But the visible panty line is more or less the only thing these two warring groups can actually agree upon; the rest of their time is spent lambasting each other with imprecations, anathemas, and sometimes with sesquipedalian language so intemperate no family periodical would publish it for fear of alienating those of their readers without access to a really good dictionary. Can these two groups, long at odds with each other, finally come together in an appreciation of the other’s strong contribution to our common culture? Probably not, at this point, I am sorry to say; the differences are so strong, the demonization of the other so complete, that it will take years of shopping for the two sides to find some common ground from which they can move on into a brighter and, one hopes, more peaceful future. Until then, we must all endure what we must endure.

Friday, April 14, 2006

SCIENCE FAIRS: It is Easter time once again, and that means that the kids are on their nonsectarian, nondenominational, holiday that has absolutely nothing whatsoever to do with any nationally dominant religion in any way, shape, or form, spring recess this week. Spring recess means a lot of things to a lot of people, but here in our happy little burg it means one thing in particular to the students in grades 4 through 8: Science Fair.

Contrary to what you might think, Science Fair is not something a lot of kids look forward to, not by a long shot. Most science projects cannot be done on the bus on Monday mornings, which is when and where our local crop of scholars prefer to do their homework assignments, and so these projects are wildly unpopular, since they cut into the time these kids can spend hanging out with their friends. The younger kids like doing the projects the most; they are perpetually trying to find ways of building an atomic bomb to get rid of their younger siblings, and are almost always disappointed to find that nuclear weapons research has not yet found a way to eliminate the irritating younger brother or sister from the family home and yet preserve their Playstation at the same time. As a result, interest in doing the science projects drops precipitously after the fourth or fifth grades, leaving not a wrack of interest behind.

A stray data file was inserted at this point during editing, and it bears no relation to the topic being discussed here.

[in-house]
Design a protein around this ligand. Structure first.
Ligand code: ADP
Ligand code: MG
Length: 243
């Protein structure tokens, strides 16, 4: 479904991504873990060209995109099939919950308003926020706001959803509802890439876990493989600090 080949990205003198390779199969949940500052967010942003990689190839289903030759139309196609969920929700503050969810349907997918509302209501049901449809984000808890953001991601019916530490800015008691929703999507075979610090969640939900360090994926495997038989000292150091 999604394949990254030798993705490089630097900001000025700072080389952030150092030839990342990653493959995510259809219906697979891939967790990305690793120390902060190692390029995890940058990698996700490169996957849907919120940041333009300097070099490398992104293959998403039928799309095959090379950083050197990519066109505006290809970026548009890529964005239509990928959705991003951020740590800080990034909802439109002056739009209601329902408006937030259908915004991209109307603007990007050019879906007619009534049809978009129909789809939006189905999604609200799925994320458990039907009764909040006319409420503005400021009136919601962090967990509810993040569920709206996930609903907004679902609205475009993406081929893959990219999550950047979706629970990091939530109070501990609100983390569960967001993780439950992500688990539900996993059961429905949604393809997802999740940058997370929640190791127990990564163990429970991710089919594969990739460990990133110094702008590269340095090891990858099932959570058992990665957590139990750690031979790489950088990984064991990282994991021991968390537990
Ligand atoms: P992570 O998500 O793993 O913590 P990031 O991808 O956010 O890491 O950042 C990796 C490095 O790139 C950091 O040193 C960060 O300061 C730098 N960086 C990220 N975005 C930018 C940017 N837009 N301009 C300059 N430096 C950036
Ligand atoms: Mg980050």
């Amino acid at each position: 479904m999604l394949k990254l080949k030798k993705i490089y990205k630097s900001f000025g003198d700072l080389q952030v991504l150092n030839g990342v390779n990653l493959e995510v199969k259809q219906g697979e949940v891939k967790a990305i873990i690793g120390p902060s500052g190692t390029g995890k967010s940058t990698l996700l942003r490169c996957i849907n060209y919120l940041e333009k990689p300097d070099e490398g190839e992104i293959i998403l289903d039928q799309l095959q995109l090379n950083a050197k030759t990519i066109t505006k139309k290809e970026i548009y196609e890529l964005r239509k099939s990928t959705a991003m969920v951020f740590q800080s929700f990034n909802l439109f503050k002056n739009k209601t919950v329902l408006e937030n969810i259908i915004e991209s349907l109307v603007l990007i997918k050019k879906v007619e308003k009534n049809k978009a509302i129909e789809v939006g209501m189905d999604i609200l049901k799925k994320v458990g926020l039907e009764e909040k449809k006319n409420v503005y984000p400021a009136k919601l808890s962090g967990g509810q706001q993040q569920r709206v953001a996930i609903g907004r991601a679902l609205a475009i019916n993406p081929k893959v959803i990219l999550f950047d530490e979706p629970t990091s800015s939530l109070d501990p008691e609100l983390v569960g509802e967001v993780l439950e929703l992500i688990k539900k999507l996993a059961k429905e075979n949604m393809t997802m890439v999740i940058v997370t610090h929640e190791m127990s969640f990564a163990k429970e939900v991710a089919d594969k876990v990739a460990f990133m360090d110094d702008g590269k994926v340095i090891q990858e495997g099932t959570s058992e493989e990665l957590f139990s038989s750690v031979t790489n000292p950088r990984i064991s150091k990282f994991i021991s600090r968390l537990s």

Parents dislike the projects as well—kids may not get to do these things on the buses, but that does not mean that they will surrender their highly cultivated habit of pedagogical procrastination simply because these projects have to be done, not while there are parents available to do the projects for them. Most parents dislike having to do elementary and junior high school again, figuring that they did it once and that should be more than enough for any given lifetime, and they really dislike having Junior telling them he has a science project due only two or three days before the project is due, especially if they had plans to go golfing that weekend. Grandparents, on the other hand, love science projects. Not that they will actually give the kids and their grandkids anything more substantial than moral support; it’s just that for them, this is revenge for the time their kids, today’s parents, pulled the exact same trick on them and more or less at the same time of year, no less. Some things don’t ever change.

The Science Fair also means a sudden spike in business here at the egregious mold pit, as the kids suddenly realized that in addition to free computer games, the library also offers books on how to do science projects for their perusal. Most kids who use this place do not realize that the books on the shelves are available for them to take out, in much the same way that the computers and DVDs are, and so tend to look at our attempts to point them in the direction of the science project books as a poor and somewhat tasteless attempt to play a practical joke on them. Parents, on the other hand, tend to grab any and every science project book that they can lay their hands on. Most of them have not had to do a science project since they were in elementary or junior high school and are, to be frank about it, somewhat bereft of ideas on how to get such a project done by Monday morning. But in the library, as in life itself, and if Borges was right the two are synonymous (he wasn’t and they aren’t), the early bookworm gets the books. This, understandably enough, upsets those parents whose kids waited until the Saturday before the project was due to tell them about it no end, and led to our putting the collection of science project books on the reserve shelf so everyone can use them, although that does not prevent some parents from trying to steal them.